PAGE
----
As the party struggles to agree on a replacement, a group of GOP senators unveil a bill that would give states the option to keep it.
The vast majority of Republicans in Congress haven’t budged from their longstanding vow to completely repeal the Affordable Care Act. But as the party struggles to write a replacement, a few GOP lawmakers are declaring their support for keeping the law on the books in some form indefinitely.
A group of senators on Monday unveiled legislation that would give states the option of preserving Obamacare, securing federal support for a more conservative health-insurance system, or opting out of any assistance from Washington. Offered as a middle ground in the partisan health-care fight, the proposal breaks with years of Republican orthodoxy on the 2010 law, which party leaders have pledged to rip out “root and branch.”
The technology has been used to create sped-up videos that falsely depict a response to stimulus.
One of the first measures that Republicans in the 115th Congress proposed was the “Heartbeat Protection Act.” On January 11, a group led by Steve King of Iowa introduced a bill that would require doctors nationwide to “check for a fetal heartbeat” before performing an abortion, and prohibit them from completing the procedure if they found one. In December, Republicans in the Indiana state legislature put forth a similar measure. Governor Mike Pence vetoed it, observing that such a law would almost certainly be struck down as unconstitutional, but approved a 20-week abortion ban.
Opponents of the heartbeat bills have pointed out that they would eliminate abortion rights almost entirely—making the procedure illegal around four weeks after fertilization, before many women realize that they are pregnant. These measures raise even more elementary questions: What is a fetal heartbeat? And why does it matter?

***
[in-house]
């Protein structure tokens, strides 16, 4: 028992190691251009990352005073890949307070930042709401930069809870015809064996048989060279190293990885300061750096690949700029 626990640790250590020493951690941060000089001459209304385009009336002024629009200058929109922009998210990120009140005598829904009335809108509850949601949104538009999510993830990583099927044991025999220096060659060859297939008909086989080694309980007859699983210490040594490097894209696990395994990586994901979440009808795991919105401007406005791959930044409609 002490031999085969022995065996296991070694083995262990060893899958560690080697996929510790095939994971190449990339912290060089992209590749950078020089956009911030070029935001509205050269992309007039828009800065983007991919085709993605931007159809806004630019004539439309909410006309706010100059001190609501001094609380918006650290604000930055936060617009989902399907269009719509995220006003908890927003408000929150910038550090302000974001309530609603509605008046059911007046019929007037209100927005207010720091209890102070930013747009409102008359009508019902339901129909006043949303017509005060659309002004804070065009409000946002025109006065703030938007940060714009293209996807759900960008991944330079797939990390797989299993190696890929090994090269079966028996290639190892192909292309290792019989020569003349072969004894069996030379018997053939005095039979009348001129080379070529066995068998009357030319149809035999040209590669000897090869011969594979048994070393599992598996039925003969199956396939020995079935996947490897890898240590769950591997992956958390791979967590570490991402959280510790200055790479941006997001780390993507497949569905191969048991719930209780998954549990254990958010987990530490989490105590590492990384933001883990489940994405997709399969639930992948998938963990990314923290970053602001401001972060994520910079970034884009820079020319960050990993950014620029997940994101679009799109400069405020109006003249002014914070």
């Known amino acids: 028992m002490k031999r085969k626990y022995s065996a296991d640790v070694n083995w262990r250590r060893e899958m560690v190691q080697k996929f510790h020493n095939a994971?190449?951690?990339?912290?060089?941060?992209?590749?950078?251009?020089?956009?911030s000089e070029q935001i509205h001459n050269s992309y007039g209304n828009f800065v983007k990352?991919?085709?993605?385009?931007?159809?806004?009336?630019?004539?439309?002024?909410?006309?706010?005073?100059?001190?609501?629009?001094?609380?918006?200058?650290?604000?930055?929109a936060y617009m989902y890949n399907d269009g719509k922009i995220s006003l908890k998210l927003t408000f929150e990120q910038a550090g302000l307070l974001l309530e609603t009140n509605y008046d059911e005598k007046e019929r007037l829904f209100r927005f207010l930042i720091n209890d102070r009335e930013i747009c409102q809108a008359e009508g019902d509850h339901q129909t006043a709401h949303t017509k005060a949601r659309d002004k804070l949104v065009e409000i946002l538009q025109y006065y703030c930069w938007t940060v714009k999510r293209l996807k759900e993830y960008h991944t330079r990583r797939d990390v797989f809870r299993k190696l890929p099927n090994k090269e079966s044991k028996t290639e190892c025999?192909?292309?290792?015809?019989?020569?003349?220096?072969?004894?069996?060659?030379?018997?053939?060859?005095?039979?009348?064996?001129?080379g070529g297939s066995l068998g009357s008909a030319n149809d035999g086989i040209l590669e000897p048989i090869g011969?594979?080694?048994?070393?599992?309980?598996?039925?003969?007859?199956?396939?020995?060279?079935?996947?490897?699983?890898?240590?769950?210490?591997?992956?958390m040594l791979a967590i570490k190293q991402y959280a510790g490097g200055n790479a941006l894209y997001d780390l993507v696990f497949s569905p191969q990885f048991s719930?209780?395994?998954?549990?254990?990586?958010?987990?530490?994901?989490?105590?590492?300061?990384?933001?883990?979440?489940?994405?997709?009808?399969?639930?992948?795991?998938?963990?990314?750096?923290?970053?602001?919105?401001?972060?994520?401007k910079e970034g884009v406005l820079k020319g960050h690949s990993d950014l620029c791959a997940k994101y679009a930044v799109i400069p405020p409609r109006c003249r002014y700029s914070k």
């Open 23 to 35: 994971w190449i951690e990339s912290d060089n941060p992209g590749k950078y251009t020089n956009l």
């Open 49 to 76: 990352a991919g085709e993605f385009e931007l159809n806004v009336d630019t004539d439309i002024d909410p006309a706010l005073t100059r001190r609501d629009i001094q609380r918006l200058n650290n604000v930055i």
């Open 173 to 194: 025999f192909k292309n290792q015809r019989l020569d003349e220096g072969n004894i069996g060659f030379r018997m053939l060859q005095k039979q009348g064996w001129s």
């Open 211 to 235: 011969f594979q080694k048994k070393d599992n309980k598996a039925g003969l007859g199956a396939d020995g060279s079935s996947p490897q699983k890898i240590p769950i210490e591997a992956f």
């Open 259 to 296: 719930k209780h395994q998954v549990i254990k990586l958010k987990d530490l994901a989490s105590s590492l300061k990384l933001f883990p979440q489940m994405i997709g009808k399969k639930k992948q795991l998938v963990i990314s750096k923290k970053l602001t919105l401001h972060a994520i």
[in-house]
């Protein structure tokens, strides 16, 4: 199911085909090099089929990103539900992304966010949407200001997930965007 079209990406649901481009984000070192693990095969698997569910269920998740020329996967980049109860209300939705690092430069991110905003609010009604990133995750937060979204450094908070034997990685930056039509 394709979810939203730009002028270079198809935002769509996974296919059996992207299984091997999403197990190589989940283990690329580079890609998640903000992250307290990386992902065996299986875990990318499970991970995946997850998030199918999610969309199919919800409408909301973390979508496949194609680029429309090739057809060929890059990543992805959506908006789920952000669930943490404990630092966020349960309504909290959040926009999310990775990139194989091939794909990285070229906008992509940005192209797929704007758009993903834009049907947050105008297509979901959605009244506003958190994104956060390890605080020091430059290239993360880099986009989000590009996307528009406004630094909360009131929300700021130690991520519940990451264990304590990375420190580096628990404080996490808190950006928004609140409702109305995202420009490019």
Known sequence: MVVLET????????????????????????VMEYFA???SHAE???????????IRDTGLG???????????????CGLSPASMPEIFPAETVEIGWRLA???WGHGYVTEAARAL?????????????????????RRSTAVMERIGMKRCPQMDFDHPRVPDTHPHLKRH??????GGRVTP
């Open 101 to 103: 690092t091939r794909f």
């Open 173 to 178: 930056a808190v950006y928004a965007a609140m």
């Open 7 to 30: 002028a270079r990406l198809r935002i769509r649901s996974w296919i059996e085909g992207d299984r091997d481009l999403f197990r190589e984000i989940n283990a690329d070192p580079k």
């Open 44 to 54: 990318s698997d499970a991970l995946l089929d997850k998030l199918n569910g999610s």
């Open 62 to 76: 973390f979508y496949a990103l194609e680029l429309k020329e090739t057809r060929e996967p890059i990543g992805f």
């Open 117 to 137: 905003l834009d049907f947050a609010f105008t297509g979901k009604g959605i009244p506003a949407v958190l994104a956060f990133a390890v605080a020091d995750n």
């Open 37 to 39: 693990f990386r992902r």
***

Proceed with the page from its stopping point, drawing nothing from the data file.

The president repeated his belief that the U.S. should have taken Iraq’s oil, ominously adding that the CIA may “have another chance.”
Every American, regardless of who they voted for in the election, should be furious with President Donald Trump for what he told the CIA during a recent meeting at its headquarters. I do not mean his digressions about the size of the crowd at his inauguration and the number of times he has appeared on the cover of Time magazine, although it does not inspire confidence to see the president waste fleeting time with national-security employees on his vanity rather than our security.
It’s his comments on Iraq that ought to make Americans apoplectic, for in the space of seconds, Trump managed to utter words that are 1) morally repugnant, 2) certain to be exploited as a recruiting tool by America’s terrorist enemies, and 3) likely to help foreign adversaries diminish America’s reputation and power. For the sake of an indisciplined, self-indulgent riff, Trump made Americans less safe.
The president declared his own inauguration a national holiday. But the language he used says something more.
You could be forgiven for forgetting the National Day of Patriotic Devotion—technically, it happened before it was ever declared. Donald Trump established it with a stroke of a pen sometime after his inauguration; the official proclamation appeared Monday in the Federal Register.